Police on Tuesday were called in to help evict protesters from a housing development in south Auckland.
Residents have been protesting the 480 home Fletchers Residential development at Ihumātao, which local mana whenua claim will be built on land deemed wāhi tapu or sacred.
Officers are liaising with local iwi to try to end the stand-off.
Green Party co-leader Marama Davidson told Newshub the site is sacred, and should never have been turned into a Special Housing Accord under the last Government.
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Davidson said the site should be protected at all costs.
"I've been very clear in my conversations with ministers and the Prime Minister that I felt that the Government should have been able to find a peaceful resolution."
The land at Ihumātao borders the Ōtuataua Stonefields, which is a category 2 heritage site.
It was made a Special Housing Area in 2014, with the National-led Government and Auckland Council overruling previous plans to give the land heritage protection.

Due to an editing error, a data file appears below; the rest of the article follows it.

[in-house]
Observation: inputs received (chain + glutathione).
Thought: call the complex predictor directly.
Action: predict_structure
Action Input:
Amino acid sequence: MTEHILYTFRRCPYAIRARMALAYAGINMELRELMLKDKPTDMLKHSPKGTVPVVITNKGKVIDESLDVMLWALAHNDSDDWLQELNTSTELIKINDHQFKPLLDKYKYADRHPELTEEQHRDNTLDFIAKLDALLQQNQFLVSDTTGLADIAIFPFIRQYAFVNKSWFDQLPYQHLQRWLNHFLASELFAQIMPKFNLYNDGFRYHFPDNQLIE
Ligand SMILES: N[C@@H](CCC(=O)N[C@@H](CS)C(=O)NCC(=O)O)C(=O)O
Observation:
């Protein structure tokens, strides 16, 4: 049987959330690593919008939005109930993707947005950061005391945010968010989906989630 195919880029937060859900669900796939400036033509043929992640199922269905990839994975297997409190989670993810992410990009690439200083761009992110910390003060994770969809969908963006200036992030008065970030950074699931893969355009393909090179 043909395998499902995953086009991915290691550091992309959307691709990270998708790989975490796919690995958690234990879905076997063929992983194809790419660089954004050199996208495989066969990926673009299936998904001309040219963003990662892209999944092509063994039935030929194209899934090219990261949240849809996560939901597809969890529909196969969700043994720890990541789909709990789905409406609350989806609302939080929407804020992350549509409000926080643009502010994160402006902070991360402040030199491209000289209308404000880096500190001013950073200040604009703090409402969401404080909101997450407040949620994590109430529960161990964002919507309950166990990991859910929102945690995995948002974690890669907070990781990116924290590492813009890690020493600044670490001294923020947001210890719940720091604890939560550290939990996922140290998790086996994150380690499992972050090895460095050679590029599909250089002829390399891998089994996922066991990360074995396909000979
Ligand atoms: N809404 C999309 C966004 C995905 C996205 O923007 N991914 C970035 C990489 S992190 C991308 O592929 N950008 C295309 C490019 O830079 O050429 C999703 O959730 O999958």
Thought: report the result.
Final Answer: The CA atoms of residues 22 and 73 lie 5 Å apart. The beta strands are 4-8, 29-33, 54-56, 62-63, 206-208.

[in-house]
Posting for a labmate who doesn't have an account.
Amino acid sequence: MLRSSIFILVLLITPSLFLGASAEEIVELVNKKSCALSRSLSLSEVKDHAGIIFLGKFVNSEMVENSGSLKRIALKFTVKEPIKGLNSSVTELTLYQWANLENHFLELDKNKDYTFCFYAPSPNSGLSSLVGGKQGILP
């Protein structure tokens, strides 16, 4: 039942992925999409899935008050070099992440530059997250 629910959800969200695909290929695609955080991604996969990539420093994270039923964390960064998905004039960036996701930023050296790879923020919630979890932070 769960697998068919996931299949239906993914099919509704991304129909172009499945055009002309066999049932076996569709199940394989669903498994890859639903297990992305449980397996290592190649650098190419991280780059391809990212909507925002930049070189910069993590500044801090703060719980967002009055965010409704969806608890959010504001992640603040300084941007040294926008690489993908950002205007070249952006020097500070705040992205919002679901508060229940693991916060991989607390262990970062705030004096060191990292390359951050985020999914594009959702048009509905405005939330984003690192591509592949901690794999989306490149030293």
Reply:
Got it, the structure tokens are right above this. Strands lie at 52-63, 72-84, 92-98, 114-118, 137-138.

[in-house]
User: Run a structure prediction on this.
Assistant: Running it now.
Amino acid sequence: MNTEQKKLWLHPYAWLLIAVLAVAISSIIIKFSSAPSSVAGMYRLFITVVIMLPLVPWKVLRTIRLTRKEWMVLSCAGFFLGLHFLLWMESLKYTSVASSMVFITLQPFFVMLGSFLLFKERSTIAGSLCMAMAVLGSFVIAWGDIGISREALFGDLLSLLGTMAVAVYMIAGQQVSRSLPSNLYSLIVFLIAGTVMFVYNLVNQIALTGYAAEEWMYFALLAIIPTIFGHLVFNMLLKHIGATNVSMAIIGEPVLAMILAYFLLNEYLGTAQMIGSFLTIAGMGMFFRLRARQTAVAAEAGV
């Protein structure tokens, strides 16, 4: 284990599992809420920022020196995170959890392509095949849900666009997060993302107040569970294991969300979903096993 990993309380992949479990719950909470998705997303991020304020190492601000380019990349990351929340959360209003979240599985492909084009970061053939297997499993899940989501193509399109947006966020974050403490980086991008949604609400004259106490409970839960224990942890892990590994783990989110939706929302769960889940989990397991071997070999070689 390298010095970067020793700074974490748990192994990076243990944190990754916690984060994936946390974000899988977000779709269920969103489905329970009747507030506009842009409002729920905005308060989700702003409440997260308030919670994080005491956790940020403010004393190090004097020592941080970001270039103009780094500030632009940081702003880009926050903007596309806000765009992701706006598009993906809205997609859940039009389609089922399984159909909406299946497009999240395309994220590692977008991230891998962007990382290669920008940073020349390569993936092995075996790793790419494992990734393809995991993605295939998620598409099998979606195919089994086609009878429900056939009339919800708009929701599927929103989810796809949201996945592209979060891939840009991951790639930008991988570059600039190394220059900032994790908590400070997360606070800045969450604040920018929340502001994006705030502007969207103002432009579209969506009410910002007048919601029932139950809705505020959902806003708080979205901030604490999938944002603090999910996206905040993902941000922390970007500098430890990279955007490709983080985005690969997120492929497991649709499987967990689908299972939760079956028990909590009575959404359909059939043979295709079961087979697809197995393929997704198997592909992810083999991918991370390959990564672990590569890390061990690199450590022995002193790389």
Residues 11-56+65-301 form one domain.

"This land was stolen, essentially, by the Crown," Davidson told Newshub.
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"They wanted the Government to negotiate an outcome that everyone could live with, and I supported them on that call, and I'm sad to see it come to this."
Meanwhile, Fletcher Building says kaumātua and kuia, from Ihumātao, have asked protesters to leave.
In a statement, the company says the elders believe the current occupation is creating division and hurt within the iwi.
Fletcher says it's committed to returning more than 25 percent of the land it now owns, to mana whenua.
No arrests have been made at this stage, Counties Manukau District Commander Superintendent Jill Rogers said.
"We have been working closely with local iwi to address the cultural factors involved and ensure everyone is treated with the utmost respect.
"Police will remain at the site to work with all parties to resolve this matter and will also respond to any incidents that may occur."